Life is Simple: Emotional Support Animals

You probably saw the news clip a few weeks ago of the girl at the water park holding her pet alligator on a leash. City officials, who were in charge of overseeing the park, allowed the animal to accompany the young girl because she claimed the reptile was an emotional support animal.

It was difficult for me to determine the size of the alligator from the photo as I am unfamiliar with estimating the weight of alligators as they go through the sales ring at the local cattle auction , but it seemed to be somewhere around four to five feet in length, about the same as the height of the young woman at the other end of the leash.

My first thought was what kind of parent would allow their young daughter to lead a potentially deadly animal in a public place? Looking back to when my sons were around that age, I remember times when I would have liked to feed them to an alligator, but I had enough restraint not to really follow through.

Over the past few years we have seen people boarding airplanes and entering other public places with strange creatures of all types under the guise of emotional support animals.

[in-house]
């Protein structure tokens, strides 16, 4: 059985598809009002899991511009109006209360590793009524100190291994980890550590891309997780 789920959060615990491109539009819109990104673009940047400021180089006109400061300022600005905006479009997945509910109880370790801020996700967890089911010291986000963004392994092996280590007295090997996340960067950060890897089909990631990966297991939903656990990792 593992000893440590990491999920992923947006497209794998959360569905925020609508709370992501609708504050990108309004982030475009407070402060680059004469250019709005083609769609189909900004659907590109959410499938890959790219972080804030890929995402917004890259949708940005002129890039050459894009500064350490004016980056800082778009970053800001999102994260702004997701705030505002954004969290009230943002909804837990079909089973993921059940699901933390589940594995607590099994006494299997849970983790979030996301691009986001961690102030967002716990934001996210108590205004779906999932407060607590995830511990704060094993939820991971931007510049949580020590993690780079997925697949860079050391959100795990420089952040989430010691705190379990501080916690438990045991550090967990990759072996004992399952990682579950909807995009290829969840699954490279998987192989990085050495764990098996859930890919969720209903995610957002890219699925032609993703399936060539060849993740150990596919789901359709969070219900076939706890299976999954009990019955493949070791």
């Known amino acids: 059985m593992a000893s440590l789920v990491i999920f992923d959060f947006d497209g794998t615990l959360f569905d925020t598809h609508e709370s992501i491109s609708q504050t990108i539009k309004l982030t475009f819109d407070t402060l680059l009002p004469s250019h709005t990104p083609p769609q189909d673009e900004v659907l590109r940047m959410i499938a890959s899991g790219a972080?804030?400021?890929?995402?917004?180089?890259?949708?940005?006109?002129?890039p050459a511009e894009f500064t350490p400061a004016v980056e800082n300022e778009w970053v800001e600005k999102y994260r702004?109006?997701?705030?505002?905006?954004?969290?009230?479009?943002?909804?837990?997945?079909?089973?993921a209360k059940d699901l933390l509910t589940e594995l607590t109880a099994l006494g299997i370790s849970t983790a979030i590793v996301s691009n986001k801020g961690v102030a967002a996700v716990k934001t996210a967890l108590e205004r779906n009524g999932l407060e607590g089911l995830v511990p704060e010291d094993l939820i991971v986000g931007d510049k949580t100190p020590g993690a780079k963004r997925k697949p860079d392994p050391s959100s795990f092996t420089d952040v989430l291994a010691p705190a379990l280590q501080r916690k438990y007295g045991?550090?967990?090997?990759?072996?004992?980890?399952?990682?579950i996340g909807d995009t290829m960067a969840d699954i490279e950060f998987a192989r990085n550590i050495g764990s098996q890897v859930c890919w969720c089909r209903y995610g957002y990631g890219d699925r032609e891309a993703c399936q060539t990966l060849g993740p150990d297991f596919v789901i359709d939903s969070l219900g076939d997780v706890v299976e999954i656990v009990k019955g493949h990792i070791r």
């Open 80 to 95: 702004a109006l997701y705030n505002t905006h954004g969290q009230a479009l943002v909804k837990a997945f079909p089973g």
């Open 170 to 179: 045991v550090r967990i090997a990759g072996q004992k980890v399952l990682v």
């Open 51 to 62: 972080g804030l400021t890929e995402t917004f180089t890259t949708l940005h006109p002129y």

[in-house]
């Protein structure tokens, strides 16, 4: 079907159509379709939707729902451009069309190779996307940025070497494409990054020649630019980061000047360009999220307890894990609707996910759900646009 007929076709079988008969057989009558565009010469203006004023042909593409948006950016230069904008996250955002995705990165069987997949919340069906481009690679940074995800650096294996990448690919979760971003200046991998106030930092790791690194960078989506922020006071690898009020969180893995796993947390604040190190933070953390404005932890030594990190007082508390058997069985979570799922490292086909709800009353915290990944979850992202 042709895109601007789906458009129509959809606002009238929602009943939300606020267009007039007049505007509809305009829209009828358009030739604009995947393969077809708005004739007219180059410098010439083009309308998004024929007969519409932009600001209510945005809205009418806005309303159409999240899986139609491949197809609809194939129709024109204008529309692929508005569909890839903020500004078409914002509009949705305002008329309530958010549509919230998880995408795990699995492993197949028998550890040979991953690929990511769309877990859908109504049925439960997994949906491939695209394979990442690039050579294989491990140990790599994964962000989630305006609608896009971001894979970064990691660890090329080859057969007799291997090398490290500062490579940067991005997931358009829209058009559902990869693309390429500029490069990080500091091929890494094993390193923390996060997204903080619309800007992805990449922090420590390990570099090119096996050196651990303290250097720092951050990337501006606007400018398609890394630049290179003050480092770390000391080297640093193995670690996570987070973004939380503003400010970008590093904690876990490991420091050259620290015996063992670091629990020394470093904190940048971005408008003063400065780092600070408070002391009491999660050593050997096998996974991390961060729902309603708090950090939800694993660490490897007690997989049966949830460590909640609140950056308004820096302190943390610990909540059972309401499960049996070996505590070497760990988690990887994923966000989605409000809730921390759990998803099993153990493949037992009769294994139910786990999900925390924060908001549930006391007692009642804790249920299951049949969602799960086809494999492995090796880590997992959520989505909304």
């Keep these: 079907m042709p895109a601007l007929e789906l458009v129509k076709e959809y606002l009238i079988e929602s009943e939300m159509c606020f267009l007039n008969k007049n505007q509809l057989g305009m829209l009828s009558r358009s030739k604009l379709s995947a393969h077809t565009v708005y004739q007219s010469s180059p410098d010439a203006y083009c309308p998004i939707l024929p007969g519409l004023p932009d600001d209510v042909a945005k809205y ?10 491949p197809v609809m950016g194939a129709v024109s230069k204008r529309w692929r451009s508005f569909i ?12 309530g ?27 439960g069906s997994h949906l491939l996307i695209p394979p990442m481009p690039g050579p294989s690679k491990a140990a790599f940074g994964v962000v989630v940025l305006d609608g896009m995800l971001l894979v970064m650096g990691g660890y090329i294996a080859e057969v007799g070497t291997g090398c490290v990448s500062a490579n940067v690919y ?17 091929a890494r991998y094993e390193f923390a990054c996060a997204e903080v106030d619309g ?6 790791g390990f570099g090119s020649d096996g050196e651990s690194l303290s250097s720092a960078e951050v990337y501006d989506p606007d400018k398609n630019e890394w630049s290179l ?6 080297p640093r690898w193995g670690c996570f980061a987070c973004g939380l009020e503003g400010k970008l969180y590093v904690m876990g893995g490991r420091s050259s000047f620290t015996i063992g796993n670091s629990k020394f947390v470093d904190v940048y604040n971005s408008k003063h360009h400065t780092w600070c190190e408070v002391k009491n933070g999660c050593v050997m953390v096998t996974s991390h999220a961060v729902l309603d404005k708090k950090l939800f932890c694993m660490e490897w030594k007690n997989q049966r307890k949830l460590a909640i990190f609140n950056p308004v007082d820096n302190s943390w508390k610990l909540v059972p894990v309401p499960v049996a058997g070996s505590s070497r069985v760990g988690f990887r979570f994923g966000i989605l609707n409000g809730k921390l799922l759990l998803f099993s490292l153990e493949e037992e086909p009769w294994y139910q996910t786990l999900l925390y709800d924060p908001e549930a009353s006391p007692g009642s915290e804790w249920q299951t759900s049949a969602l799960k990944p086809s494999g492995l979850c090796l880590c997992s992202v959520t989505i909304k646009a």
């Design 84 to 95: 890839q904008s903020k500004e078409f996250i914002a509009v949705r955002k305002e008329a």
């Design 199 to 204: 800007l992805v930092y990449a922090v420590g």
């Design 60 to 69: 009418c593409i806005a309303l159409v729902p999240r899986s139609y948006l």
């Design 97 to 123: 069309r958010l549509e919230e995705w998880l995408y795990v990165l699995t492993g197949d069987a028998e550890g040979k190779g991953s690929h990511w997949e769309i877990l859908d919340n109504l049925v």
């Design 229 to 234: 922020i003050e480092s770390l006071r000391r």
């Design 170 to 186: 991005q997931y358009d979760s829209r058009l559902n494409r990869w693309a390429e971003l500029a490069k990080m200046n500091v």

I guess I’m more than a little old fashioned, but when I think of emotional support animals, I think of dogs, maybe cats, and maybe (worst case scenario) a gerbil. However, at this time people are allowed to enter public spaces with their individual versions of support animals which can include everything from chickens, snakes, lizards, pigs, llamas and ferrets to…alligators. .

The story of the alligators made me start wondering what our favorite animal rights group would think.

Certainly, taking a wild animal out of its original environment, restraining it in a harness and leading it on a leash would be severely criticized. But no, their official position is that caring and loving people who share their home with an animal and that said animal can provide support and companionship in return are completely acceptable.

The animal rights group that thinks it’s perfectly okay to lead around an alligator in a city park is the same one that criticizes and condemns those of us who are involved in animal husbandry.

My dog ​​provides constant companionship and support in my daily activities, and far be it from me to wonder if the alligator does the same for its human counterpart.

I learned my lesson from this story; however, the next time I am approached by one of the people criticizing me for my job, I will simply remind them that my cattle are an emotional support animal for me.

You can never have too much emotional support.

Copyright 2022, Jerry Crownover

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